On an Important Decision About Writing

Someone asked me today why I have stopped writing fiction. I told them that my motivation for writing fiction had been bound up with using the fiction to escape poverty. Although I had enjoyed writing fiction for its own sake, that enjoyment had been infilitrated by the hope of living on a normal income from writing fiction instead of being trapped on a government handout that is less than half of a poverty line income, and the enjoyment had become inseparable from the hope. Then I read about the late Philip K. Dick, who had been one of the best writers of his generation, and certainly the best such writer of science fiction and fantasy, but, despite having had several novels published, had spent his whole life on welfare anyway. That made me lose hope of sufficient income from writing fiction, and, when the hope died, it dragged my enjoyment of writing fiction into its grave with it. So you could actually say that my enjoyment of writing fiction is currently buried alive in the same coffin as a corpse, so that it will eventually suffocate to death under unpleasant circumstances. There’s nothing I can do about it, so I’ve accepted that I’ll probably never feel motivated to write fiction again.

But why is it that I never did get published? Same reasons as about 10 million other English-language writers have never been published, many of them better writers than me and more deserving publication. The lesser reason is that the publishing and magazine industries are fall too small to have room to publish all deserving work. The bigger reason is that publishers and magazines are businesspeople, and businesspeople are sterile, which makes them spiteful toward those who are fertile, purely out of unconscious resentment. No successful businessperson ever created anything. What they do is exploit enterpreneurs, inventors, technically creative people and artistically creative people in order to make a million times more money off those things than their creators do. But despite the great wealth and fame and opulent lives of businesspeople, at their core is a bitterness they are not aware of, the bitterness of being barren and obliged to be parasites. This bitterness is probably exacerbated by the fact that they do ruthlessly exploit creative people, which they do in order to retaliate against our fertility, and which in turn makes them retaliate even more spitefully.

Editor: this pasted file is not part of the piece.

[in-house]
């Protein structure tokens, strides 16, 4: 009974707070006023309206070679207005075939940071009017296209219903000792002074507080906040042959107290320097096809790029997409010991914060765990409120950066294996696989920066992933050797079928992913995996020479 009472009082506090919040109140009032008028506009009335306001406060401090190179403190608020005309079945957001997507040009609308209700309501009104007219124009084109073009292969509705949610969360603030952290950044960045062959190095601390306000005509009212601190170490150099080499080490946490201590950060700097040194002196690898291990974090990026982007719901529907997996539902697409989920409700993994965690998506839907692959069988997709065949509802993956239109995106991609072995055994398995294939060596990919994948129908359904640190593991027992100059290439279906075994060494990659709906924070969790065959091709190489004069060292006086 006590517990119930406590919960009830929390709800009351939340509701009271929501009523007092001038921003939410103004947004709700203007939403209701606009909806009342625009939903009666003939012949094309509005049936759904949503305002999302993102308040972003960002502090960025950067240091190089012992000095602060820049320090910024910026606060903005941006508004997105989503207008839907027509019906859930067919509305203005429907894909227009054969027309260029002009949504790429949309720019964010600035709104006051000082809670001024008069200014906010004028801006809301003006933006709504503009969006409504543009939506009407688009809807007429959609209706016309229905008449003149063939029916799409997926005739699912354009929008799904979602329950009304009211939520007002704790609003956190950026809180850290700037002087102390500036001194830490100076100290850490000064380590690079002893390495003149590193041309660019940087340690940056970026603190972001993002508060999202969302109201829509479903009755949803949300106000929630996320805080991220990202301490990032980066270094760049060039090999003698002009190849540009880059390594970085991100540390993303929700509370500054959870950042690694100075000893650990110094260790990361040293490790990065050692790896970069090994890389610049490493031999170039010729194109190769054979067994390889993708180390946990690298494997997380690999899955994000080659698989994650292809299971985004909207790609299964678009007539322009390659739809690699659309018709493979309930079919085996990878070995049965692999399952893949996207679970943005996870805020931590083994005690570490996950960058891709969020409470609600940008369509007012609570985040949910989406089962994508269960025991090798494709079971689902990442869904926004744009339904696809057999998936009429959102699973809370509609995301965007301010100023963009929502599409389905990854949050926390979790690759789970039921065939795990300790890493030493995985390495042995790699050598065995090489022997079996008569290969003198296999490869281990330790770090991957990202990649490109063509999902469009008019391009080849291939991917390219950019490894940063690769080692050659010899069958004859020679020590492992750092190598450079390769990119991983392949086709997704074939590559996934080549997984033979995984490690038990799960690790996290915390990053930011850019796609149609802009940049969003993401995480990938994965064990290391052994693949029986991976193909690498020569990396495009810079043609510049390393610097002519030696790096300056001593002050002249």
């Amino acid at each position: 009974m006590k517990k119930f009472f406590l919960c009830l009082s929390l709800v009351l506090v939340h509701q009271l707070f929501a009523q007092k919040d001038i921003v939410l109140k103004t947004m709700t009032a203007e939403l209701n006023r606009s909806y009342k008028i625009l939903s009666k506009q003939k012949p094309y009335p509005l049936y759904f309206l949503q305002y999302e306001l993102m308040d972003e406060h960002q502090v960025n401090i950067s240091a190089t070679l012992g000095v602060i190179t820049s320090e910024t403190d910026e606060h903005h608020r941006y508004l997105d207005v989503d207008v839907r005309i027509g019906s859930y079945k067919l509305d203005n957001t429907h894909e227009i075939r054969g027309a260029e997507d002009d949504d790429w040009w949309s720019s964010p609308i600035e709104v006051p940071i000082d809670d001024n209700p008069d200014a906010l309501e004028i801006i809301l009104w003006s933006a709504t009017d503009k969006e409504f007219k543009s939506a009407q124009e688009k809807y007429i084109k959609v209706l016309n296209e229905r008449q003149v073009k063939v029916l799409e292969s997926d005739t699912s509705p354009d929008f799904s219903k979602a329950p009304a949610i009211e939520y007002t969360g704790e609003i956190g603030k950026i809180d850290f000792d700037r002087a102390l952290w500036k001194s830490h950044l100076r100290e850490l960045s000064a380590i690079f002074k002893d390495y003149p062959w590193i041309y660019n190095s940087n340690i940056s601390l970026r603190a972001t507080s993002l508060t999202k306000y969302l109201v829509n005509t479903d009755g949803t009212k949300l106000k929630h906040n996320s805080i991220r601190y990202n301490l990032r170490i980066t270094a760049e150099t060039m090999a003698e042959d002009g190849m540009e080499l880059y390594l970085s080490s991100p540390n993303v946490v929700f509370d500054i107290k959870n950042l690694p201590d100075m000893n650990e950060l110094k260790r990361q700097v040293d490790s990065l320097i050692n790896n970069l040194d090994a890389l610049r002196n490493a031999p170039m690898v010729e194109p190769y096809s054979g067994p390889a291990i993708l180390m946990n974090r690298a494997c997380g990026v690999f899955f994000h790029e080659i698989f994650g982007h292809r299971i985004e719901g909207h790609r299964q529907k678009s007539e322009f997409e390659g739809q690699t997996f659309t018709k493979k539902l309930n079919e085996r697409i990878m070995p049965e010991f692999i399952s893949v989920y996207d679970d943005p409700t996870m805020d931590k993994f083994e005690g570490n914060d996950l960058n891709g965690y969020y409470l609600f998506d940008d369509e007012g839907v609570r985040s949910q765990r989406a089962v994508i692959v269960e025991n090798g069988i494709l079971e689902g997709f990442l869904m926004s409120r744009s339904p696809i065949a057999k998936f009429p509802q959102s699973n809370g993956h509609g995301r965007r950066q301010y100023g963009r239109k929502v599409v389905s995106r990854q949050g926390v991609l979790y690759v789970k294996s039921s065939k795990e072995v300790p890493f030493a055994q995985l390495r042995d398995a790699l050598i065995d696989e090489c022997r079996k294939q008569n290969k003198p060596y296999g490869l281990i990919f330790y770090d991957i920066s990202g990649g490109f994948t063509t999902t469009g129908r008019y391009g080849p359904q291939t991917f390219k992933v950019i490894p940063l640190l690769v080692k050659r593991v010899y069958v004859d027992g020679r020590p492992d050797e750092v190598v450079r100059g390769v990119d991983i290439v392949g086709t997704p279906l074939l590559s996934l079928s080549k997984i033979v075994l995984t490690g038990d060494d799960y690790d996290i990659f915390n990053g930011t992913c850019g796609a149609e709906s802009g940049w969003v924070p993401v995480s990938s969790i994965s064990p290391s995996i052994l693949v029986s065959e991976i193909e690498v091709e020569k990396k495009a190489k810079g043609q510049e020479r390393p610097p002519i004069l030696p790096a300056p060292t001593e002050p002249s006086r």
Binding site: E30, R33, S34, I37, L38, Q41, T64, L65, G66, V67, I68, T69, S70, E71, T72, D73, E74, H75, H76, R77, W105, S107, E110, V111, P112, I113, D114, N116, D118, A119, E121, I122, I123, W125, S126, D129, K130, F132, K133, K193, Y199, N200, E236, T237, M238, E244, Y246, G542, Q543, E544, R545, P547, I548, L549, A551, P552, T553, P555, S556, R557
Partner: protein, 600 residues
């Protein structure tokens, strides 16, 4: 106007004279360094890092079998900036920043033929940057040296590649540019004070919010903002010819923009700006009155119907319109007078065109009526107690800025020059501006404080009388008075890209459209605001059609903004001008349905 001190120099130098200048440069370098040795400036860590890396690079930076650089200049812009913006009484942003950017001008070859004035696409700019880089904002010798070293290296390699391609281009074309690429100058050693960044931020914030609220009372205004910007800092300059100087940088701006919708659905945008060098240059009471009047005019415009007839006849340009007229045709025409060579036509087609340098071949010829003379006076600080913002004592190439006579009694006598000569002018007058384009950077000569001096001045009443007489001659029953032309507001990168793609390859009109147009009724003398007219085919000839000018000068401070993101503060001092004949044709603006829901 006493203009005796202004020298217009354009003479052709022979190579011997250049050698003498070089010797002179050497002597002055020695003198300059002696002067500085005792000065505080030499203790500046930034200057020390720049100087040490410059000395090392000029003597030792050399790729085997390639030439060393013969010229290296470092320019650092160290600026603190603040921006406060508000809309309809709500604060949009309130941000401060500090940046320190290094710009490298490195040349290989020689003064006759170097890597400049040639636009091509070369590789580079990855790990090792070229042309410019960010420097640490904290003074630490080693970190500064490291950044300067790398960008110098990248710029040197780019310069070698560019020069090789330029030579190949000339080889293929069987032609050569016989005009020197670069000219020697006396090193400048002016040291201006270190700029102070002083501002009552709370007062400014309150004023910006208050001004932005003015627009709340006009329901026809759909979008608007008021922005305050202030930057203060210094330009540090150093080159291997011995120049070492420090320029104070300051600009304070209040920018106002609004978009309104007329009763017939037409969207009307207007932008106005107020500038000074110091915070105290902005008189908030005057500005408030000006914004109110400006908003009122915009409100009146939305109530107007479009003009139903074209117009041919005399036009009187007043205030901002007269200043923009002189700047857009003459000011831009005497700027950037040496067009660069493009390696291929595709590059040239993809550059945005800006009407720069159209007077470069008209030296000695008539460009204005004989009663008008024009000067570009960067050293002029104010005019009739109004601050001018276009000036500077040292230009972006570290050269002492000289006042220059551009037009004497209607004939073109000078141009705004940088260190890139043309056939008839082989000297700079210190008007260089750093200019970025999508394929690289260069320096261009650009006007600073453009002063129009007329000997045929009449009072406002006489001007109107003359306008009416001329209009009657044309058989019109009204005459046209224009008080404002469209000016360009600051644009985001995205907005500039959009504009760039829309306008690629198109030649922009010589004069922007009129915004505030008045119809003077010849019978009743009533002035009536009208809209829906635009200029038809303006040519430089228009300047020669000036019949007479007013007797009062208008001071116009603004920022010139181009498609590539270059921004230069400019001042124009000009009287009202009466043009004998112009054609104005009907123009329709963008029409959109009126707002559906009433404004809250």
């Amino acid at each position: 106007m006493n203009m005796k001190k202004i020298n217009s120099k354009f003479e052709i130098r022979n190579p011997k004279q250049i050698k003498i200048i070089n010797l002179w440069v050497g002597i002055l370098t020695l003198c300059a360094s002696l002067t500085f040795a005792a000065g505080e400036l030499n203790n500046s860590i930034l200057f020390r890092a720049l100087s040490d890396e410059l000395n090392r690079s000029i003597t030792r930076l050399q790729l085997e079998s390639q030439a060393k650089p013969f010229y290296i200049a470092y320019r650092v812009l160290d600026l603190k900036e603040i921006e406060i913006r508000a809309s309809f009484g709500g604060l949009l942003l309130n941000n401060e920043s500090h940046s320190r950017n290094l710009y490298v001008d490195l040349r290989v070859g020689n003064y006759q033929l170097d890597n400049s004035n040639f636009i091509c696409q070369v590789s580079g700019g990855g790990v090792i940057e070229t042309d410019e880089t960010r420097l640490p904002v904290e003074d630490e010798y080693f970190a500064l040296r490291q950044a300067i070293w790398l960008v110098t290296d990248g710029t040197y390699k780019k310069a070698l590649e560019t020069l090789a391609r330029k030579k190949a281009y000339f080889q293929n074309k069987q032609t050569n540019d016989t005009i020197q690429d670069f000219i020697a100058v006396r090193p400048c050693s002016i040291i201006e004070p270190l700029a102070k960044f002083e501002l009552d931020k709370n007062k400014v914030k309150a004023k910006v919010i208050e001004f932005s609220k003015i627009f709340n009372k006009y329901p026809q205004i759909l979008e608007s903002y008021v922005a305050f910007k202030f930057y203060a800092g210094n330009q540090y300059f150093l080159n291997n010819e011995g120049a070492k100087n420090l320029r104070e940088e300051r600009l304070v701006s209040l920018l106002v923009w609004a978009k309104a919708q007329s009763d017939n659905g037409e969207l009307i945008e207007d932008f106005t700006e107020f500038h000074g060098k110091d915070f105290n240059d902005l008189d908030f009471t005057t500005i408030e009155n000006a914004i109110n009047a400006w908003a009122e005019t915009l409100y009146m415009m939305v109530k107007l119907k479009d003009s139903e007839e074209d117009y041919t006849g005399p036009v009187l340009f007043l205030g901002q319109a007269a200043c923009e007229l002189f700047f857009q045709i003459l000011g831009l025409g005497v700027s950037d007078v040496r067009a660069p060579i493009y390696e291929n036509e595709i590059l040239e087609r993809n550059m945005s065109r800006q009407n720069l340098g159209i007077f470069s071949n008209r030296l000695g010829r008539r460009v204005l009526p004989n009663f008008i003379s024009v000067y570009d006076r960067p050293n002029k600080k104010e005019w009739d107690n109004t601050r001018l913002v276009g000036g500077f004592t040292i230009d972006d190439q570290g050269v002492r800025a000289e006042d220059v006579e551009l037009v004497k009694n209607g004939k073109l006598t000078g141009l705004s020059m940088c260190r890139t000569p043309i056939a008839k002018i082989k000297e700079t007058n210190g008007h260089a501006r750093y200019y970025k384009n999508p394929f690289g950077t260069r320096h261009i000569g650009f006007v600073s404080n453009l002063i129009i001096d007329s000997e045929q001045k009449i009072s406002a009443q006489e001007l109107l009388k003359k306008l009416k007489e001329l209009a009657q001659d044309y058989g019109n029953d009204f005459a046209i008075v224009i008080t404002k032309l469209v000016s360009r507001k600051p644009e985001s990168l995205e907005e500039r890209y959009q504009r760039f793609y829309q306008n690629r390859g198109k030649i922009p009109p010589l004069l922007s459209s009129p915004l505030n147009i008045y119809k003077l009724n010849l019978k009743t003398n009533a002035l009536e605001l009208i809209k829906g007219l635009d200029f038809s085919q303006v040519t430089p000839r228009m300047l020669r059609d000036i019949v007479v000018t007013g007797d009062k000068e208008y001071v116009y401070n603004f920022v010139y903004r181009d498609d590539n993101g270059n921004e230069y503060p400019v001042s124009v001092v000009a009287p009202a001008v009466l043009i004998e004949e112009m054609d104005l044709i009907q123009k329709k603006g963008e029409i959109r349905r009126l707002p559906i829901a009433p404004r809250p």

I’ve come to the decision that I am going to reject all commercial opportunities I might get for my writing in the future. It’s highly unlikely that I’ll ever get any, so this isn’t something I spend all my time fantasizing about; mostly, I don’t even think about it at all. But I am prepared for all the weaselly, dishonest arguments that business parasites will throw at me–that I can make money if I let them exploit me to make a million times more money for not doing anything of true value, that they can deviously arrange to have my disability checks cut off in order to put pressure on me to play along, that they can frighten my unsophisticated father to tears and use him to put pressure on me to knuckle under, that they can even steal my work and lie about it and get away with it because I can’t afford a lawyer. I’m not going to disclose my strategies in event of such conduct just in case there are businesspeople reading this post, but I’m completely ready for them in peaceful and lawful ways. I’m always peaceful and lawful, and also have a peaceful and lawful plan in place in case anyone makes up stories to the authorities, counting on the authorities being bigoted enough against someone with the label of schizophrenia automatically to believe any lie they’re told about me by a scumbag fatcat who has a privileged position in society. It really is great to have all the bases covered so I can don’t worry, be happy. And it’s even better to have conquered despair about my writing and be in a position to accept it just as what it is.

One thought on “On an Important Decision About Writing

  1. As an aspiring author, may I ask if you had ever considered the route of self-publishing your work? It may have held a stigma in the past, but that is rapidly changing.

    I do not ask to cause pain, but because often when creative talent is bottled up without outlet, the results are not good.


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